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Cause of death unknown after orca calf found dead on Vancouver Island coast

Newborn orca calf J53 is seen with it's mother J17 off San Juan Island, Wash., on Saturday, Oct. 24, 2015.
Image Credit: Heather MacIntyre/The Pacific Whale Watch Association via AP
December 30, 2015 - 1:00 PM

VANCOUVER - A female orca calf has been found dead on the west coast of Vancouver Island.

Paul Cottrell of Fisheries and Oceans Canada said a surfer spotted the dead whale washed up on Mussel Beach near Ucluelet on Dec. 23 and called the department's marine mammal incident hotline.

He said the 400-pound carcass was transferred to Abbotsford, B.C., where a necropsy was conducted on Christmas Day. Scientists are still awaiting results of tissue-sample testing and a cause of death is not yet known.

"It was just a tremendous effort by everyone involved, at a time when normally you're with your family," said Cottrell. "Everybody came together and made sure we got this animal looked at as quickly as possible."

Cottrell said DNA tests are expected to show whether the whale was part of the endangered southern resident population, which had a baby boom of eight calves born this year.

He said it's possible the calf is part of the transient population, which is classified as threatened but not endangered.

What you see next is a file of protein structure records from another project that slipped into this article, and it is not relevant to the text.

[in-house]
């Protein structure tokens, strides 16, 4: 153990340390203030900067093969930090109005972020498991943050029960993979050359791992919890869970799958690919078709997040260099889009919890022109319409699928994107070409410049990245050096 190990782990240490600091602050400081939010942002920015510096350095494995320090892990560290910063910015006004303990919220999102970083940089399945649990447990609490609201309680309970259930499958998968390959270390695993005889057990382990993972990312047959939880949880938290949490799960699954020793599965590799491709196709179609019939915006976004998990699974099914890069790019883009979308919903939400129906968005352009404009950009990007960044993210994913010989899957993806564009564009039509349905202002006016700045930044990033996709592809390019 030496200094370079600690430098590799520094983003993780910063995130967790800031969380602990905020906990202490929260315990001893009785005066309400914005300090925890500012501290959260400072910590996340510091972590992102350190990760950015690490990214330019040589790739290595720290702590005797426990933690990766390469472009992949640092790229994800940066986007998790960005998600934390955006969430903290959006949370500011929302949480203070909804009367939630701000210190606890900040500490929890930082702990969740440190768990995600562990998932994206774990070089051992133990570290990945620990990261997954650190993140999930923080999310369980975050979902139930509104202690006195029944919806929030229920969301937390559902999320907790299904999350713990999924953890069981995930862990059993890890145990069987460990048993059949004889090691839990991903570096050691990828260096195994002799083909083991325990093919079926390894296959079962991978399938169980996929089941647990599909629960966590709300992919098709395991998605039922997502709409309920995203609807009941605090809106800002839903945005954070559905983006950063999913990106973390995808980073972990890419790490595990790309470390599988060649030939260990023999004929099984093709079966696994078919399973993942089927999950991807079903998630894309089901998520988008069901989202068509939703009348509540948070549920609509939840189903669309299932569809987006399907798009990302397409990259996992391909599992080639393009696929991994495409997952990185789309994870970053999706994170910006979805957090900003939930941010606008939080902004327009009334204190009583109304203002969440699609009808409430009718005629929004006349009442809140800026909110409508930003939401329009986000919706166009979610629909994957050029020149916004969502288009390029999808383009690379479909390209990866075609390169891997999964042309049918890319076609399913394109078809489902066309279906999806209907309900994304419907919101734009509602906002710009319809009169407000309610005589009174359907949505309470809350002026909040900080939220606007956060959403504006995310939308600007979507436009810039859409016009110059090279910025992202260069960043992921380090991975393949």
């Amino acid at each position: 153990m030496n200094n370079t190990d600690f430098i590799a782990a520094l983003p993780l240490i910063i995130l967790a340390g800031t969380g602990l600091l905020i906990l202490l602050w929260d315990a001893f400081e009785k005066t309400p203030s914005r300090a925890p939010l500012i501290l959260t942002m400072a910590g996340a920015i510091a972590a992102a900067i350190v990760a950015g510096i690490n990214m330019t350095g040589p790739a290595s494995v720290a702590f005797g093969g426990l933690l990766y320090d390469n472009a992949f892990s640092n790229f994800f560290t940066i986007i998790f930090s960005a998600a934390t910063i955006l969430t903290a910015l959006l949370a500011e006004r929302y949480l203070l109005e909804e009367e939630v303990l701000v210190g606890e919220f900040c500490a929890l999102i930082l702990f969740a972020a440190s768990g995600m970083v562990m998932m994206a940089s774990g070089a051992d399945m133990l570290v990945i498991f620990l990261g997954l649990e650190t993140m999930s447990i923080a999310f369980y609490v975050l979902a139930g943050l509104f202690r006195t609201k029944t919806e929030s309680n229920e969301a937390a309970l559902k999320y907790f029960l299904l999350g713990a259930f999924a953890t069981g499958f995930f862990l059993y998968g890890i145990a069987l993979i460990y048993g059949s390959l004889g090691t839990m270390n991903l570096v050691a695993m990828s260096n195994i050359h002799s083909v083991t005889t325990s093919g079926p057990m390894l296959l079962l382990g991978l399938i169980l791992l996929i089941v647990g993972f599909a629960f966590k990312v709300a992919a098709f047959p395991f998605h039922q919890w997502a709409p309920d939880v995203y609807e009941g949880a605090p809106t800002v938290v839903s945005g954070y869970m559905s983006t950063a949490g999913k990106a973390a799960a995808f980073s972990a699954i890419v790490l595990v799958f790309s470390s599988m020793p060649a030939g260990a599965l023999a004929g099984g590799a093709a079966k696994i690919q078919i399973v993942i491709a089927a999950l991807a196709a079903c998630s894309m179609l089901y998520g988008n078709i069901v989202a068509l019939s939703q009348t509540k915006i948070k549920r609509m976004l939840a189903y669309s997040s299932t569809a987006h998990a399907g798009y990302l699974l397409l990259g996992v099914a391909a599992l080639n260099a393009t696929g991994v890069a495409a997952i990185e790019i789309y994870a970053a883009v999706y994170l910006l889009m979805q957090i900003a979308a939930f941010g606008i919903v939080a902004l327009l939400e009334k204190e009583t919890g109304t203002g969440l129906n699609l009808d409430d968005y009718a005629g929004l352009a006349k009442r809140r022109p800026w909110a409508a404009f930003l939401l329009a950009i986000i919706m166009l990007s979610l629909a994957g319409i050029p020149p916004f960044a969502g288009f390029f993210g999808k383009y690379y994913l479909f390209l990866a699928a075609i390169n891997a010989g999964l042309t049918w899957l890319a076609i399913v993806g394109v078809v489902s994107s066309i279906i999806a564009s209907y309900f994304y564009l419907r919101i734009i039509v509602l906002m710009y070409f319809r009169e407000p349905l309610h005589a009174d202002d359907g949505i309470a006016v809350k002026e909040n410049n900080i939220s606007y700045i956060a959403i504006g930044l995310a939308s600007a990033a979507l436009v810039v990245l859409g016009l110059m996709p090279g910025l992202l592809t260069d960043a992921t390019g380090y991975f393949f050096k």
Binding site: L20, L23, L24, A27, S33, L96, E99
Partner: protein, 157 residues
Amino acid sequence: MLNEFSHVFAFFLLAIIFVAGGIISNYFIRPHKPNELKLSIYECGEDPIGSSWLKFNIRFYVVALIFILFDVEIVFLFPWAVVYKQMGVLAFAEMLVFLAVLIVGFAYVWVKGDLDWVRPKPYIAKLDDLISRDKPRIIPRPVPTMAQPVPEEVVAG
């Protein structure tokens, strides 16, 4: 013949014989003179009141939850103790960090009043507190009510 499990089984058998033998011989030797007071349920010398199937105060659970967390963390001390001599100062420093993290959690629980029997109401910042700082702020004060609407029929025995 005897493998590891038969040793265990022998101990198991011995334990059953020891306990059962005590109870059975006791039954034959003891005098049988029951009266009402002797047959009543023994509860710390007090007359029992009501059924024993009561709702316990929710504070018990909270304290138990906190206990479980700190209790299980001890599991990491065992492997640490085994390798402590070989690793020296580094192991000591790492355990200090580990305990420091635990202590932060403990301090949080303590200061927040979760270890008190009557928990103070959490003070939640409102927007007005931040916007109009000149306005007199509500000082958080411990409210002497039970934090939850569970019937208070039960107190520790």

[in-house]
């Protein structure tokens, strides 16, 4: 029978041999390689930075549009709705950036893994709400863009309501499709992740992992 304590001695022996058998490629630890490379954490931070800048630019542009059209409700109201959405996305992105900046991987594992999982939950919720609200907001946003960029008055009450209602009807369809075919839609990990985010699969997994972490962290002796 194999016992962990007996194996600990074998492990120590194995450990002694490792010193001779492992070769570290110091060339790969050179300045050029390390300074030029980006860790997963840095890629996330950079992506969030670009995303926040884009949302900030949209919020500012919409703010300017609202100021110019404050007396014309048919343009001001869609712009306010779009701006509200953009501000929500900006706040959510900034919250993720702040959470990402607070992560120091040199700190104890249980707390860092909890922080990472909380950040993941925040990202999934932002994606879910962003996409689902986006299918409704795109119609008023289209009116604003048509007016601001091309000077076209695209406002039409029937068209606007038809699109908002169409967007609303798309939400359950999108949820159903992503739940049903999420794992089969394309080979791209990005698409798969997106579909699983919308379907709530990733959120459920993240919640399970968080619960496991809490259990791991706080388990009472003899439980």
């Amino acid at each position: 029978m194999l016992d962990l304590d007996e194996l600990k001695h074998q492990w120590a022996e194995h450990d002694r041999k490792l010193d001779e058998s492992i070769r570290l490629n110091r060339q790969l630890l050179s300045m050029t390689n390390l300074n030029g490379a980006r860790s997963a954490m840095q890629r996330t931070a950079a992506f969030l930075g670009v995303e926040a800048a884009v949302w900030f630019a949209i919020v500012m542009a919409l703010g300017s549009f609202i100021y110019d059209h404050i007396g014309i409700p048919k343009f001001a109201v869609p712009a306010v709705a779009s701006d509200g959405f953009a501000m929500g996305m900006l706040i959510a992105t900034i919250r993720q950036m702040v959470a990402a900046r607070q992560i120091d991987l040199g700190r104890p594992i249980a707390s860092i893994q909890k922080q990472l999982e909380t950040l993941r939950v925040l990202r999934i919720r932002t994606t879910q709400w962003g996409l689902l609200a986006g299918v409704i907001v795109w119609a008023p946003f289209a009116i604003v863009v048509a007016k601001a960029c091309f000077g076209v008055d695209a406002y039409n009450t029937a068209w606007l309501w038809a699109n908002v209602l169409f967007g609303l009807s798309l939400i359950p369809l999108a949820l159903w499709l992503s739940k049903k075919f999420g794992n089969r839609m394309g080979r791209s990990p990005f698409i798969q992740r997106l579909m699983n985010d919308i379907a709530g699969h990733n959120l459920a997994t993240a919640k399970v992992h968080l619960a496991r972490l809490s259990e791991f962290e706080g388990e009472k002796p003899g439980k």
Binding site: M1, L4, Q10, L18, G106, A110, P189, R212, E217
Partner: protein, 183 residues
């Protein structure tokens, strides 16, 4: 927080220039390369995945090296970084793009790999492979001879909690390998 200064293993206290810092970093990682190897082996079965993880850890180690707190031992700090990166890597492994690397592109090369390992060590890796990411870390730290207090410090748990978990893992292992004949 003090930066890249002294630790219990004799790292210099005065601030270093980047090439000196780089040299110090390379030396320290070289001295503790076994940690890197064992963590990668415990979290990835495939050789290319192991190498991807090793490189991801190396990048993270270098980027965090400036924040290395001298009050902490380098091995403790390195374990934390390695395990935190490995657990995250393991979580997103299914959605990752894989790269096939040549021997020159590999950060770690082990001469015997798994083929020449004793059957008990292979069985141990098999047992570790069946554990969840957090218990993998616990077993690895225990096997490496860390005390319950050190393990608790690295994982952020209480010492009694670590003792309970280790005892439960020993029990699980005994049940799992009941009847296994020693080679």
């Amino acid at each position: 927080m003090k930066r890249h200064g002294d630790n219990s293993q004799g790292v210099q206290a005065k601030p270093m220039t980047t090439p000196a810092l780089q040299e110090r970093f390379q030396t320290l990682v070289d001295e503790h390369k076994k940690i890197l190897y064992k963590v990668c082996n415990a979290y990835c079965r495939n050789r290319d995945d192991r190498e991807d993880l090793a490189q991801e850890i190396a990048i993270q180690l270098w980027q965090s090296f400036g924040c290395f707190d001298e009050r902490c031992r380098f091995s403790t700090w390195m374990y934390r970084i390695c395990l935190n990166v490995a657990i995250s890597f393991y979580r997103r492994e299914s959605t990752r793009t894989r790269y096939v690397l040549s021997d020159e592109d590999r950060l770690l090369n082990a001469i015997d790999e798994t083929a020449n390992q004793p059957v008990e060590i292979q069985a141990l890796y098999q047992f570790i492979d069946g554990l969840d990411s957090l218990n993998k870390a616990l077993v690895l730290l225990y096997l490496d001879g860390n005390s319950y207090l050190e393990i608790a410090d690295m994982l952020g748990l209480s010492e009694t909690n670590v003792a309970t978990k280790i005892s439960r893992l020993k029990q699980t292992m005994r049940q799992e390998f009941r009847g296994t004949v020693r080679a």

"All our populations of killer whales are at risk, so it's a shame regardless of which population it's from," he said. "You hate to lose a calf out of these populations."

Scientists have requested a rush on the tissue testing but it could take up to six months for all the samples to return, he said.

He said it's believed the calf was about two months old. Killer whale calves have a 50-per-cent mortality rate in the first year of life, he added.

Cottrell noted it was especially unfortunate that the calf was female because of their value in contributing to the population.

He said wolf tracks nearby and damage to the carcass indicate that wolves foraged on the body after it washed up on the beach.

"It didn't take long for the local carnivores there to find this carcass," he said.

The southern resident baby boom has been cheered by marine mammal researchers but some have cautioned that more calves mean more mouths to feed.

The Washington state-based Center for Whale Research said earlier this month that there's a continued need to focus on wild Chinook salmon restoration in the area.

In December 2014, an orca from the southern resident population was found dead near Comox, B.C., carrying a full-term female calf. Necropsy results determined she died due to complications from the pregnancy.

News from © The Canadian Press, 2015
The Canadian Press

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